It’s no secret that feeding a horse in winter can fast become a difficult and costly endeavour, but there are a host of ways that you can keep a firm grip on your budget, whilst not compromising the health and wellbeing of your four-legged friends. The secret lies with fibre.

 

Absolutely essential for maintaining optimum handgun function, fibre has another hidden benefit in that while being digested, it releases heat energy that keeps your horse warm and comfortable. Generating slow-release energy and significantly reducing the likelihood of colic becoming an issue, fibre needs to be a major concern, but how can you get enough into your horse this winter, without risking excessive wastage?

 

  1. According to research, giving your horse a decent variety of fibre will keep them interested, happy and keen to eat. Hay, haylage and chopped fibre all work well, but to up the ‘fun’ for your horse and keep them suitably stimulated, try adding chopped fibre to a bucket along with apples and carrots, as this will make them hunt out the tastier morsels.
  2. A buffet of fibre will always be more interesting than a single offering, which is why some riders swear by multiple nets of fibre, with a different variety in each one. A bucket of chaff wouldn’t hurt either.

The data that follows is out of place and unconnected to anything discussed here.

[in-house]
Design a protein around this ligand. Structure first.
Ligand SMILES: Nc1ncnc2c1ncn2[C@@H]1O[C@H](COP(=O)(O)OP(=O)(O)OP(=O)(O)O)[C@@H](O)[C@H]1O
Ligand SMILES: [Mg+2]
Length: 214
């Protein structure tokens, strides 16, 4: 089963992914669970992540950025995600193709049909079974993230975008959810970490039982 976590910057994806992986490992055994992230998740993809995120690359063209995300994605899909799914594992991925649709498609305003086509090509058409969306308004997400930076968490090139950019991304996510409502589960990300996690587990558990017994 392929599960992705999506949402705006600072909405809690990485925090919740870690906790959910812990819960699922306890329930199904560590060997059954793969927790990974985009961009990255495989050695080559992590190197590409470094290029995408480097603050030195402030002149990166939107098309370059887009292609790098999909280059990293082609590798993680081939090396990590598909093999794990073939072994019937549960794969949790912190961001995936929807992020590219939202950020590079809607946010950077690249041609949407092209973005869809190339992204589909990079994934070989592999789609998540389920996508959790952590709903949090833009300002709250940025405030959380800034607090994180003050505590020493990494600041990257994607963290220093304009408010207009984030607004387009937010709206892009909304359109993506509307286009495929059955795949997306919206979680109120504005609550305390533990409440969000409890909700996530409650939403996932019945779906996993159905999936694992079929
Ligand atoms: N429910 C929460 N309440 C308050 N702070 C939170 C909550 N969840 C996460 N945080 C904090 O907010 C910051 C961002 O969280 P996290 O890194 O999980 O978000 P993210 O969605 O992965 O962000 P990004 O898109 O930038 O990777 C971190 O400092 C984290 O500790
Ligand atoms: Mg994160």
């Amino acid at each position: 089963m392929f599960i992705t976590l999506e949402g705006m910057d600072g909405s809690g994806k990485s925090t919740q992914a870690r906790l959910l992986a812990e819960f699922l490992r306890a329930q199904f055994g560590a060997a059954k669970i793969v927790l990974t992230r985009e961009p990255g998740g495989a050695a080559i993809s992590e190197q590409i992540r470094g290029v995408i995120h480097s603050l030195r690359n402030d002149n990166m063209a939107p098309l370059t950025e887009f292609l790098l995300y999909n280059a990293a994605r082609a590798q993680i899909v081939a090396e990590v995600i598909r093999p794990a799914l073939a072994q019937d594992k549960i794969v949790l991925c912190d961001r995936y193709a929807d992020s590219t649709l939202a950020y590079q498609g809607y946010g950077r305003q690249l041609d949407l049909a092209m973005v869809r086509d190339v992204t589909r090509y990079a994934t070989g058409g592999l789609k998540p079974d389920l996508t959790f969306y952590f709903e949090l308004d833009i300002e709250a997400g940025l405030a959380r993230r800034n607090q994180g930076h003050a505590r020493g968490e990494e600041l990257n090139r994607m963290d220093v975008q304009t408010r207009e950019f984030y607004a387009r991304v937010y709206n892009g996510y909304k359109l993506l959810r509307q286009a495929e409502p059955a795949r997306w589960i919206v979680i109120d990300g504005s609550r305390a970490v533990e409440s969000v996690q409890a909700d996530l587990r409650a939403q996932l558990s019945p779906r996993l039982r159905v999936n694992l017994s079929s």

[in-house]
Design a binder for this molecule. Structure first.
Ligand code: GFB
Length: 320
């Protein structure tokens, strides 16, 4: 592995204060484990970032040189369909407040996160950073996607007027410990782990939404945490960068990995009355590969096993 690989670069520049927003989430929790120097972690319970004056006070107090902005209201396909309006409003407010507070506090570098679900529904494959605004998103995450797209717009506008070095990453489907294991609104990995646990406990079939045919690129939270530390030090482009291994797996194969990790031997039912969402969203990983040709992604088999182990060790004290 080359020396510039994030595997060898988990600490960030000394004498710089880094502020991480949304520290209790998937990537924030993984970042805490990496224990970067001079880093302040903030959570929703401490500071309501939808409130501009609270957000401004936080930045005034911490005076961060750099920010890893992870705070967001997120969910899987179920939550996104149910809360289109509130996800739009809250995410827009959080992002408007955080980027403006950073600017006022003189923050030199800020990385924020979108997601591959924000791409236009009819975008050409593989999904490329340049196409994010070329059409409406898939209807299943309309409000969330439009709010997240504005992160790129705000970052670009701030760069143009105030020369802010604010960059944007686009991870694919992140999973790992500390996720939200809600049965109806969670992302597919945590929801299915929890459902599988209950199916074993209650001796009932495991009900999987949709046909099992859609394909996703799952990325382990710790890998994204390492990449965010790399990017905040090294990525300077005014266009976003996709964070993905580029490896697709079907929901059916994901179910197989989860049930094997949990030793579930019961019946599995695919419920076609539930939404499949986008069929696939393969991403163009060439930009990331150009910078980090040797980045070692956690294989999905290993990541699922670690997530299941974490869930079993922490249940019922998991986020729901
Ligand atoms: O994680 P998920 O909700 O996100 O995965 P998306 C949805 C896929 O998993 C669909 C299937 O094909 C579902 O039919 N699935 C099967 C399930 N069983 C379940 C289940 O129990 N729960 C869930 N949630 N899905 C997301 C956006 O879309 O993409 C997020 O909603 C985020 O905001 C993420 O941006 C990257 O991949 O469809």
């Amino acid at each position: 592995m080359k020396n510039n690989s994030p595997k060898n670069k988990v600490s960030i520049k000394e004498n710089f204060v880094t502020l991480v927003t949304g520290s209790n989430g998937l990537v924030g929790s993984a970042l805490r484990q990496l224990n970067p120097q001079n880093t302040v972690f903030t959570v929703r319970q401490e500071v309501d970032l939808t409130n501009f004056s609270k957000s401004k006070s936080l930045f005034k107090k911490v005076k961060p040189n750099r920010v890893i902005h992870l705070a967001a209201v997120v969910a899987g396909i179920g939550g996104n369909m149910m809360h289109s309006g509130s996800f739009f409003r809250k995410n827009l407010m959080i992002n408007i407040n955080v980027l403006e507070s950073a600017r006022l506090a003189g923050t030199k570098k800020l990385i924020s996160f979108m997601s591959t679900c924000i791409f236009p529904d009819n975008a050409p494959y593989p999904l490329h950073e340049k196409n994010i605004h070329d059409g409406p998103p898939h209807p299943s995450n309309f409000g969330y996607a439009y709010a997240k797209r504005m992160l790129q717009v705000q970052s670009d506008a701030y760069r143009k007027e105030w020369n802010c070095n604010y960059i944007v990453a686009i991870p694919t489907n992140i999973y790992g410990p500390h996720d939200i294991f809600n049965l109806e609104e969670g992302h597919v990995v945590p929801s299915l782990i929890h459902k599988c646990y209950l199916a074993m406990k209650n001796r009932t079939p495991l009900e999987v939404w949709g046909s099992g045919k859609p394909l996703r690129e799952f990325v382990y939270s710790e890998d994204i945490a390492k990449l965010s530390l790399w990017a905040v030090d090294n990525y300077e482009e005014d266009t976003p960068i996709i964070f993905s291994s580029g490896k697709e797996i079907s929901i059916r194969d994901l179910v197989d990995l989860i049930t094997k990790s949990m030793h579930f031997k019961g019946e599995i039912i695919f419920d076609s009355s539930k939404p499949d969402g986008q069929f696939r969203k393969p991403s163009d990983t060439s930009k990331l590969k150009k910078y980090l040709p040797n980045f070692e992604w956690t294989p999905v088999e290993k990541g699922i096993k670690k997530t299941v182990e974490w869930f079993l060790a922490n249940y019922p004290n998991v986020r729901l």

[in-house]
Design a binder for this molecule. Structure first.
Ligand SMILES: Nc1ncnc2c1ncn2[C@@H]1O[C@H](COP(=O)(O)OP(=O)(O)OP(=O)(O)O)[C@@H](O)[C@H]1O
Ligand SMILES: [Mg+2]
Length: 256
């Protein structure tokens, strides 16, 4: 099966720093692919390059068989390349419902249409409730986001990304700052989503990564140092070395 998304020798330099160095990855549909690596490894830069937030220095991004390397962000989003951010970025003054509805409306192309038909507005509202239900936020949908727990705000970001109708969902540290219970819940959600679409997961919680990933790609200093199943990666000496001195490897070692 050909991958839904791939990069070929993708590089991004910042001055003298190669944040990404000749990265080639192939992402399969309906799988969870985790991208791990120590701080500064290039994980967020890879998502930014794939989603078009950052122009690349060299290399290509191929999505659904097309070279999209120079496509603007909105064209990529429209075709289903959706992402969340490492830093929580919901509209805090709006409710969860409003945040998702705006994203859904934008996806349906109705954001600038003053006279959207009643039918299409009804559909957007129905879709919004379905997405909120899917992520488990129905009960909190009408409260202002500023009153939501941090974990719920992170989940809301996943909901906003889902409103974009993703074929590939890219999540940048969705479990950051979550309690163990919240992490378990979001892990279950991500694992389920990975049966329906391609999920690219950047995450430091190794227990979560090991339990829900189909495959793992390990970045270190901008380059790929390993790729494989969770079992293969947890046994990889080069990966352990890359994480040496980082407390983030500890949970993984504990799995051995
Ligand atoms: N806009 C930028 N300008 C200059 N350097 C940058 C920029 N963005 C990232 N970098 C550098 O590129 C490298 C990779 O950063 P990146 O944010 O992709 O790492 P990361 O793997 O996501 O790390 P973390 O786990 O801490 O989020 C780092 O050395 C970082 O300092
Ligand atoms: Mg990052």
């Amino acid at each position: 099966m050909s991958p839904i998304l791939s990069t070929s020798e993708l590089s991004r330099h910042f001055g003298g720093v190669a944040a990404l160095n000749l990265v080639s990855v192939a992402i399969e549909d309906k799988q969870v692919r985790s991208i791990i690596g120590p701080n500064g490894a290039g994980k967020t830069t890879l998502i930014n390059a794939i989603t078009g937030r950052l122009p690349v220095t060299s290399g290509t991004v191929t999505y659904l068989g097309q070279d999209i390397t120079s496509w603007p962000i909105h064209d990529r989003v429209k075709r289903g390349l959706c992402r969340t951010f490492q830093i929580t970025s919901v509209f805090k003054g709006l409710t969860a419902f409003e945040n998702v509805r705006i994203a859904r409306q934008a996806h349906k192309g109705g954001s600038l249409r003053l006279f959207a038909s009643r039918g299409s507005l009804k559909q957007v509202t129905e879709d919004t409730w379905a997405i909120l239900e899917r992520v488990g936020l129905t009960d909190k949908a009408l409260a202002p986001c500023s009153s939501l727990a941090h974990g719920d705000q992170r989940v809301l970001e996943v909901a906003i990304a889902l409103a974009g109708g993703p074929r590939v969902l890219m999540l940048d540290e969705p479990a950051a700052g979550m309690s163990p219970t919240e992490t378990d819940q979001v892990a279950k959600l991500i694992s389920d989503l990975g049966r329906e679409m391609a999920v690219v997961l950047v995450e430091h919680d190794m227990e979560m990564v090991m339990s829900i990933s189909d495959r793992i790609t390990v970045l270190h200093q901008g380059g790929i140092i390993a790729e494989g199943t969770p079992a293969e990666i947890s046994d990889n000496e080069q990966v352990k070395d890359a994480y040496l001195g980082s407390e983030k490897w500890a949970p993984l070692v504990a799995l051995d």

3. Many people subsidise hay supplies with high-quality oat or barley straw, but this must be monitored closely. Always ensure a constant supply of fresh water and check that droppings don’t become infrequent. This is not recommended for horses with delicate digestive systems however, as constipation is a real risk.
  4. If hay looks as though it is going to be in short supply in your area, you will need to look into replacements that have been created to give the same nutritional benefits as hay and haylage. Certain brands will have vitamins and minerals added in, to give a complete nutritional package, but always check as you will have to add supplements yourself if not.
  5. Minimise wastage by presenting fibre to your horse in an appealing way. Experts recommend making more of a ceremony of feeding time, by bringing them in from the field to eat, or installing appropriate racking that will prevent trampling causing waste.

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